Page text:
Losses that sting: Missouri and UNLV in blowouts over Cal; Butler over Stanford; Florida over Arizona in OT; Idaho over Oregon State; Nevada and South Dakota State over Washington; UC-Riverside over Washington State; Loyola Marymount and Middle Tennessee over UCLA; Cal Poly over USC; Northern Arizona and Fresno State over Arizona State; and pretty much every one of Utah's nine losses thus far.
Pleasant surprises: Oregon State tops this list, and with good reason. The Beavers have already nearly eclipsed 2011's 11-win season with their 10-2 start, a start that has included consistent scoring from Jared Cunningham and the surprising emergence of sophomore forward Devon Collier. Washington has struggled, but sophomore forward Terrence Ross has flashed plenty of his much-touted promise, averaging 15.1 points and 6.5 rebounds per game. Stanford point guard Aaron Bright has come out of nowhere to capably lead the Cardinal offense during their hot start.
Biggest disappointments: The UCLA mess, including the ugly losses, the bad Maui Invitational performance and the issues caused by Reeves Nelson's subordination, have made Howland's team the most disappointing in the conference with no close second. Trendy sleeper Oregon has avoided bad losses, but the Ducks have also lost to the only three good teams on their schedule (Vandy, BYU, Virginia). Arizona State's eight early losses are in part the byproduct of the absence of touted freshman guard Jahii Carson, who was ruled ineligible by the NCAA. And though no one expected Utah to be a Pac-12 contender in its first season in the league, the depths the Utes have reached thus far -- they're 3-9 and ranked No. 315 in Ken Pomeroy's adjusted efficiency rankings, with a host of dreadful losses on their résumé -- have been difficult to watch.
How many Pac-12 teams can make it to the tournament?
If you've made it this far, you're well aware that this collective suffers from a serious lack of quality nonconference wins, the kind that help the NCAA tournament selection committee separate at-large wheat from chaff. This league's overall RPI has already taken its lumps, and without a clear favorite or at least one team with a big-time win or two on its docket, there won't be many chances to impress the committee. We'll see how everything shakes out in time, but right now, this is looking like a two- or three-bid league. At most.
Can UCLA turn it around?
It's hard to ever call UCLA a sleeper because, well, it's UCLA. But the Bruins struggled so mightily in the first two months of the season that it might be easy to forget that this team still has some talent. If Howland's backcourt shapes up -- and if frequently winded big man Josh Smith can literally shape up -- this team could benefit from a fresh start in league play.
Is Oregon State for real?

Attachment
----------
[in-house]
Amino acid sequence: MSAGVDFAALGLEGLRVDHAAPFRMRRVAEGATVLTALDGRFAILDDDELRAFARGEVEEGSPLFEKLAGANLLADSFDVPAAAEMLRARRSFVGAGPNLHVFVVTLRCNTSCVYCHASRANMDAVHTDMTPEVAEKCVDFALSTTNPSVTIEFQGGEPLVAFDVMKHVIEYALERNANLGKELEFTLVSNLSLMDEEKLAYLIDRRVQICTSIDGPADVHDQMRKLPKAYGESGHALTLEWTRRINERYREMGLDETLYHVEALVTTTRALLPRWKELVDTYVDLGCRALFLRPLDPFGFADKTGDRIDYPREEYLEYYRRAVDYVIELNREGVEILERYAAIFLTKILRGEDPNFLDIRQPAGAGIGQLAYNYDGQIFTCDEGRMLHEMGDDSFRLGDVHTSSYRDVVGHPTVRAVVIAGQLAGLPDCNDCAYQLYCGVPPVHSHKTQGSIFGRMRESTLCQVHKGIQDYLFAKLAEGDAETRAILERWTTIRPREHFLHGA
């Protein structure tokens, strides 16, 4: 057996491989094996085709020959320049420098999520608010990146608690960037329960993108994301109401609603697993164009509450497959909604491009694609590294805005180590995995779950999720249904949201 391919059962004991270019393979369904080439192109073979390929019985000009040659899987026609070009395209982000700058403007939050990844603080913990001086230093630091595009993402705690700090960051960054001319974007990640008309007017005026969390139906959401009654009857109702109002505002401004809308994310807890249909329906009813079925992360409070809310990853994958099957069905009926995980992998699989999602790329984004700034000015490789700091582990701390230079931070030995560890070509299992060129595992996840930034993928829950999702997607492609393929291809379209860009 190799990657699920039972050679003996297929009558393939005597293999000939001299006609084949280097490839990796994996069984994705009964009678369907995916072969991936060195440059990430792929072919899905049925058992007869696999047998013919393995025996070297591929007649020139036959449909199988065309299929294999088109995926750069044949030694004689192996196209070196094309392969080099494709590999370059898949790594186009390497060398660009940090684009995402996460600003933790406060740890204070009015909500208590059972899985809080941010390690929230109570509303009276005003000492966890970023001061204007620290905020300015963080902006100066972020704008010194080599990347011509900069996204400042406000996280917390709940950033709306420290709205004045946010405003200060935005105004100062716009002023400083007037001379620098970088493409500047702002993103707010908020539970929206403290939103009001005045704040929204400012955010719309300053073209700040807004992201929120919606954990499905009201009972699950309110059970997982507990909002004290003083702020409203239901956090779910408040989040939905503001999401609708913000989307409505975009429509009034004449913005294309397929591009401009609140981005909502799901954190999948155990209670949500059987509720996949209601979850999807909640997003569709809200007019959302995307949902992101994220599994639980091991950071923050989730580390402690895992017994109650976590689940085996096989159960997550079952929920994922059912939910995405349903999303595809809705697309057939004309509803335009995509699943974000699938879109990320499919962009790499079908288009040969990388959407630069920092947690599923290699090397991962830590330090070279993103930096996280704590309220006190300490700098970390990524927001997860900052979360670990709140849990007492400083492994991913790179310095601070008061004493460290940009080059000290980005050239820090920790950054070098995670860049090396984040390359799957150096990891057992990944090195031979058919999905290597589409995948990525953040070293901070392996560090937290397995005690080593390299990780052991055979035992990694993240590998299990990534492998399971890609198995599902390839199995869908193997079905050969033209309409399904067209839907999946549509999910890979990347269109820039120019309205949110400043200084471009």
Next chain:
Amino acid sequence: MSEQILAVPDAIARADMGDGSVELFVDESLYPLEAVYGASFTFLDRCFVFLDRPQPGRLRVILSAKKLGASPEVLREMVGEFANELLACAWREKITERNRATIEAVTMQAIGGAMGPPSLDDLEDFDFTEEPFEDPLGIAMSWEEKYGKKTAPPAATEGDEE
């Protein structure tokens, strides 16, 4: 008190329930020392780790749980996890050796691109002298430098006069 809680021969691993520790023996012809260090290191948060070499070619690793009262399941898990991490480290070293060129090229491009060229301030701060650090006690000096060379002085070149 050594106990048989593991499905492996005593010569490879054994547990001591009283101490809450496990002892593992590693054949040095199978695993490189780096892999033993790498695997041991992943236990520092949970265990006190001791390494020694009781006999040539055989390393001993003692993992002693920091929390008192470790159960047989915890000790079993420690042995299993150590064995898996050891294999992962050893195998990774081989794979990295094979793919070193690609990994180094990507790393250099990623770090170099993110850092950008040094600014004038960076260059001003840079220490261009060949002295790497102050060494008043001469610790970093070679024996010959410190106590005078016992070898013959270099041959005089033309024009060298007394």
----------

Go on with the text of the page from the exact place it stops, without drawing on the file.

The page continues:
There's no question that the Beavers are improved in 2011-12. But by how much? OSU has benefited from a rather forgiving nonconference schedule, with Texas and Vanderbilt as the only truly noteworthy games. This team could be a mirage. It could also be a title contender. We'll see.
1. Cal: The Bears have struggled against top foes, but they've looked excellent more often than not.
2. Arizona: Sean Miller's team has suffered some growing pains, but if Josiah Turner figures things out, this is arguably the most talented team in the league.
3. Stanford: Johnny Dawkins is the early favorite for coach of the year. If the Cardinal practice the tight defense they used to contain Syracuse in November, they'll be tough to beat on a nightly basis.
4. Washington: The Huskies' early struggles are slightly disconcerting, but there's no denying this team's talent. I'll bet they figure it out.
5. Oregon State: The Beavers have some proving to do, but they're difficult to beat in Corvallis during league play even when they aren't this talented.
6. UCLA: The Bruins have a chance to be a dark-horse team here, but they've yet to give us much evidence of that potential. We'll see.
7. Oregon: The Ducks haven't been impressive, nor have they been awful. Another mid-table finish seems the likeliest outcome.
8. Washington State: Ken Bone's rebuilding project is ongoing, but junior forward Brock Motum will give the Cougars a chance on the low block.
9. USC: The Trojans can really defend. Unfortunately, they can't score. Expect plenty of ugly affairs -- and more than a few losses.
10. Colorado: After a near-miss on the 2011 tourney bubble, coach Tad Boyle is starting at square one in Boulder.
11. Arizona State: Right now, the only thing keeping the Sun Devils out of the Pac-12 cellar is, well, you guessed it.
12. Utah: Larry Krystkowiak might eventually get the Utes out of their new conference's basement, but not this year.
Eamonn Brennan covers college basketball for ESPN.com. You can see his work every Monday through Friday in the College Basketball Nation blog. To contact Eamonn, e-mail email@example.com or reach him on Twitter (@eamonnbrennan).